Partnership for Safe Medicines Statement on Proposed Regulations to Import Prescription Medicines from Canada
Washington, D.C. (December 18, 2019) – Shabbir Safdar, executive director of the Partnership for Safe Medicines, released the following statement in response to today’s announcement by the Trump Administration and the proposed regulations to allow importation of prescription medicines:
“Citizens of the United States and Canada should be outraged that the Trump Administration has prioritized politics over their own health and safety. There’s only one logical explanation why the Administration chose this week to greenlight a flawed and dangerous policy that Republican and Democratic Administrations alike have rejected – political distraction. The process has been mishandled from day one, which stands in stark contrast to the time and effort that other administrations have put into this issue.”
“It is well-documented that the Canadian drug supply is not nearly large enough to meet the demand of U.S. patients. So even with a fraction of U.S. drugs coming from Canada, life-threatening shortages would become the reality there within mere months.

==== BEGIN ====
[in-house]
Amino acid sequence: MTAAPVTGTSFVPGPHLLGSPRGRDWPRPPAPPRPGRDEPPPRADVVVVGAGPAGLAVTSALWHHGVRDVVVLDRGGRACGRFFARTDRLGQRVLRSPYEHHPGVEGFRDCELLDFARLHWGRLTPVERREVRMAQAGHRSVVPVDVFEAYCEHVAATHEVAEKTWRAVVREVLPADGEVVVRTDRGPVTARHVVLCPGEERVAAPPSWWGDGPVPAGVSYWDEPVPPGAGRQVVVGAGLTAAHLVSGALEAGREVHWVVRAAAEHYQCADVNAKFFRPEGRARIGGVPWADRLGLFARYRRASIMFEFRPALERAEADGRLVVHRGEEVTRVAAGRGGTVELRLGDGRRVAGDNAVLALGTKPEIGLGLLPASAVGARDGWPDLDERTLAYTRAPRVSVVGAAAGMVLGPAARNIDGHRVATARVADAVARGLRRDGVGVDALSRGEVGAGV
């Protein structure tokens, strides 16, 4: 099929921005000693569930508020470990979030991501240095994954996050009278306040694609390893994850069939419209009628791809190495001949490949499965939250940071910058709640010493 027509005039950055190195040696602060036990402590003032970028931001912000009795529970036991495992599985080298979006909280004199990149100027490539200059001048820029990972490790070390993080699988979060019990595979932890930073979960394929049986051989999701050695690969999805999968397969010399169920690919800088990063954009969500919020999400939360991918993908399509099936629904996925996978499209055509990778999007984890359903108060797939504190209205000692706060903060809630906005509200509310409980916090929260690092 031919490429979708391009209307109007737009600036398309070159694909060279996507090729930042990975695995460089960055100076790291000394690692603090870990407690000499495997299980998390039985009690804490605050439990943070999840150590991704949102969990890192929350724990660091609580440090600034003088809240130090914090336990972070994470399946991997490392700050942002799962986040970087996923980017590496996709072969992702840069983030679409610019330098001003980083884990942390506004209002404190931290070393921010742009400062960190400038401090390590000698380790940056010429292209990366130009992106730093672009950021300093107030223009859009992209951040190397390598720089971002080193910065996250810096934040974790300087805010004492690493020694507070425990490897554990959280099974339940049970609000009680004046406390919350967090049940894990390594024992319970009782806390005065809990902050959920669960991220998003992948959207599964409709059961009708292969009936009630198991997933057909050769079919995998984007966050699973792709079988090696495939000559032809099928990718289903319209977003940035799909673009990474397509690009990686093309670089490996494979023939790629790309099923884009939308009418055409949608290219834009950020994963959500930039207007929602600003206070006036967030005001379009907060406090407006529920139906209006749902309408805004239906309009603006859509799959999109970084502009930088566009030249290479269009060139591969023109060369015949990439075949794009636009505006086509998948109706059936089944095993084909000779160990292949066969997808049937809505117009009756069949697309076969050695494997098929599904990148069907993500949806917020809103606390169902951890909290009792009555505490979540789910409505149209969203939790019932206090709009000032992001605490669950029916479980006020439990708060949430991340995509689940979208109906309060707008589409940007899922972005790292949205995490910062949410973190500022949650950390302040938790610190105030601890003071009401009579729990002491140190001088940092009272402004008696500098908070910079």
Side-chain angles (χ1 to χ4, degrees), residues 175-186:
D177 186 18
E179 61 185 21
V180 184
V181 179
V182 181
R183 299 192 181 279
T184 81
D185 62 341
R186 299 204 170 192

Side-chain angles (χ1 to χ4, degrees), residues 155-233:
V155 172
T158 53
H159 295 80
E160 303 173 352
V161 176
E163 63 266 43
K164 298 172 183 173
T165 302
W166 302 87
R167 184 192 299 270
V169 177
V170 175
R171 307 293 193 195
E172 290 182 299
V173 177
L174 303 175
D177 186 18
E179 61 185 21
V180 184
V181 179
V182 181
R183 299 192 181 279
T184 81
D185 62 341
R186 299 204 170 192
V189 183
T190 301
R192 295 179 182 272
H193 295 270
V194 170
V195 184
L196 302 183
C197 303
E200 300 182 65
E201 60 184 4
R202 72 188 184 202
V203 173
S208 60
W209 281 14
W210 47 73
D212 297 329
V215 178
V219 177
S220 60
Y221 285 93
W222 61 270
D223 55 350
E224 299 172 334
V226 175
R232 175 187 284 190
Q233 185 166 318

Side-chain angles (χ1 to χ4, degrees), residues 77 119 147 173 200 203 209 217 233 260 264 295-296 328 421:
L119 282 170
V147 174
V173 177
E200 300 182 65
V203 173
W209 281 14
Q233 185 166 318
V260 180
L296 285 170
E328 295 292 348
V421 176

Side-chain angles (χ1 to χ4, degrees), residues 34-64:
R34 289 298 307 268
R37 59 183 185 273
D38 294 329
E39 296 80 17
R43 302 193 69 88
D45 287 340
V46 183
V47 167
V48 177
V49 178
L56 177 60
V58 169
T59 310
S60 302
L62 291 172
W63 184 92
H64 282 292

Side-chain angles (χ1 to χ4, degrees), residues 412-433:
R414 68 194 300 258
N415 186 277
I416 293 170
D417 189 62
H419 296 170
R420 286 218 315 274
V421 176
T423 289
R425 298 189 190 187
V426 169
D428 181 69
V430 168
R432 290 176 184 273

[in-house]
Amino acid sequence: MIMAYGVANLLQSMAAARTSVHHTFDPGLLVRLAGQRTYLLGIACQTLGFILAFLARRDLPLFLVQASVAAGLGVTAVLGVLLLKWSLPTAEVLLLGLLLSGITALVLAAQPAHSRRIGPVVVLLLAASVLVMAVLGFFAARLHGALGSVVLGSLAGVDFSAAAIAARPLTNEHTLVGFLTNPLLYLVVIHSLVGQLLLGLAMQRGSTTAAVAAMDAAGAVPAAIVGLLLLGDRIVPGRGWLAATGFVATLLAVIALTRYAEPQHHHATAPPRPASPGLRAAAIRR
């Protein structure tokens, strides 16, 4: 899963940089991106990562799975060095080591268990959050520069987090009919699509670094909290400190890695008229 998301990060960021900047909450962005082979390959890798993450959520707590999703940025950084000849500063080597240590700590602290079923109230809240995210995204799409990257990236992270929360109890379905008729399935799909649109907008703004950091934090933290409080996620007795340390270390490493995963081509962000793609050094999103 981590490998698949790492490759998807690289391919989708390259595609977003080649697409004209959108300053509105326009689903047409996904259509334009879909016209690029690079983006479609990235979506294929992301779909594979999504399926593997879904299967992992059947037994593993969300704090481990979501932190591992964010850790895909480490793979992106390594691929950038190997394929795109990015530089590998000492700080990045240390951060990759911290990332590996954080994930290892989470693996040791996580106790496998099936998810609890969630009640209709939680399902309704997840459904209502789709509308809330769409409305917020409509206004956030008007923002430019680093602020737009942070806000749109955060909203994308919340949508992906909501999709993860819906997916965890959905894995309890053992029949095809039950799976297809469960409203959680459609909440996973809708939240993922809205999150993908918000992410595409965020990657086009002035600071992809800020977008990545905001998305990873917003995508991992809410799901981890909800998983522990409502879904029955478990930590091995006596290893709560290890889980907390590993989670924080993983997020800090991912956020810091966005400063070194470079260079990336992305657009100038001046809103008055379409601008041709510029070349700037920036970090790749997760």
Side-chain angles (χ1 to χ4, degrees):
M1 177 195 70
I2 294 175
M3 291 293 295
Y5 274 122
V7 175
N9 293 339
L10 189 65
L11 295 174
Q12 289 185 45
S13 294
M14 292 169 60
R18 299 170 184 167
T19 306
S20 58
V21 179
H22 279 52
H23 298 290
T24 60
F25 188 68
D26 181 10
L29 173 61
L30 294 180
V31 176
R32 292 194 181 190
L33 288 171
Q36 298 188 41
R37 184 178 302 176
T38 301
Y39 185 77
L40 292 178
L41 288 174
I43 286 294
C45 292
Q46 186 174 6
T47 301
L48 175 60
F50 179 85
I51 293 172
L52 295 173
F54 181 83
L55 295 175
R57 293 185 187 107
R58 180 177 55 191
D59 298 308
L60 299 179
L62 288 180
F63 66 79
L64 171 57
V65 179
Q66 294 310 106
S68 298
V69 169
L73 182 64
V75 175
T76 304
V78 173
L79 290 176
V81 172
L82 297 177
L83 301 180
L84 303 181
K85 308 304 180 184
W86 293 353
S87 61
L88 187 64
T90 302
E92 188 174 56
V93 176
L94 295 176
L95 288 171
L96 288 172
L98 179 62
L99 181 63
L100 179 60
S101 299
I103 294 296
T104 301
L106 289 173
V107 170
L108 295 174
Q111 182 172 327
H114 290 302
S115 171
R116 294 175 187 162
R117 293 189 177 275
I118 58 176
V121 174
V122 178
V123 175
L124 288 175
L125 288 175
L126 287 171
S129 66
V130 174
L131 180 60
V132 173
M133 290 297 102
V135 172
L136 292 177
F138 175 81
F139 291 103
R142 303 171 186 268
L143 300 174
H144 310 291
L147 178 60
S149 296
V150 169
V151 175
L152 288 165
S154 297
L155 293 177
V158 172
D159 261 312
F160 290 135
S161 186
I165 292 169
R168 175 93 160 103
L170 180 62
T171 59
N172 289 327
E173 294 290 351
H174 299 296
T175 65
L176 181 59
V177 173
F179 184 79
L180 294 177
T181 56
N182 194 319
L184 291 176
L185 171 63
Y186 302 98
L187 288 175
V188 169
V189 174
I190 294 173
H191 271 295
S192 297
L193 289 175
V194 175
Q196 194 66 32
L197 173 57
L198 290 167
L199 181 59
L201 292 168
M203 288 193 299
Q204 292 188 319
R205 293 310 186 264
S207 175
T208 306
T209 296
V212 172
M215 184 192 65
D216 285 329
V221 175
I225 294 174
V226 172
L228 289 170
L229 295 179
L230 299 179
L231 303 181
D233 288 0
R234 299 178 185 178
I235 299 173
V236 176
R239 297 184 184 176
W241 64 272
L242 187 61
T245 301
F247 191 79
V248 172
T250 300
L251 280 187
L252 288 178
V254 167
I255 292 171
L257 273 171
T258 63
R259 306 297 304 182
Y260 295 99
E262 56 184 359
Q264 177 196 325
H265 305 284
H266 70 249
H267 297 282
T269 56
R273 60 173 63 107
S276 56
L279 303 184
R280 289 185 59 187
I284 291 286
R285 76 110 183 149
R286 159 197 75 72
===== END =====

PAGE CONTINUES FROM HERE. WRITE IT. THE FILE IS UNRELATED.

“We’ve seen time and again that gaps in supply are filled by dangerous counterfeits that can end up in the hands of patients on both sides of the border – a risk that’s dramatically exacerbated by this importation policy.
“Perhaps most frustrating is that there is no guarantee patients will get financial relief at the pharmacy counter. Multiple states, including Illinois, Minnesota, and Maine, have attempted to implement drug importation and failed. These schemes have never been able to sustain economic savings that offset their costs, and all of them have had safety lapses.
“This is far worse than a lump of coal in one’s stocking. It’s more like a ticking time bomb that will inevitably result in dire consequences for Americans and Canadians alike. As we assess the proposed rule and draft guidance issued by the U.S. Department of Health and Human Services today, we will continue to vigorously defend the integrity of our drug supply and work to ensure that health and safety always come first.”
Proposed regulations for importation by pharmacists and wholesalers (Pathway #1) or by manufacturers (Pathway #2).
The importation provisions of the 2003 Medicare Modernization Act.
Letter from four previous FDA commissioners appointed by both Democrats and Republicans about why Canadian drug importation won't save money or keep patients safe.
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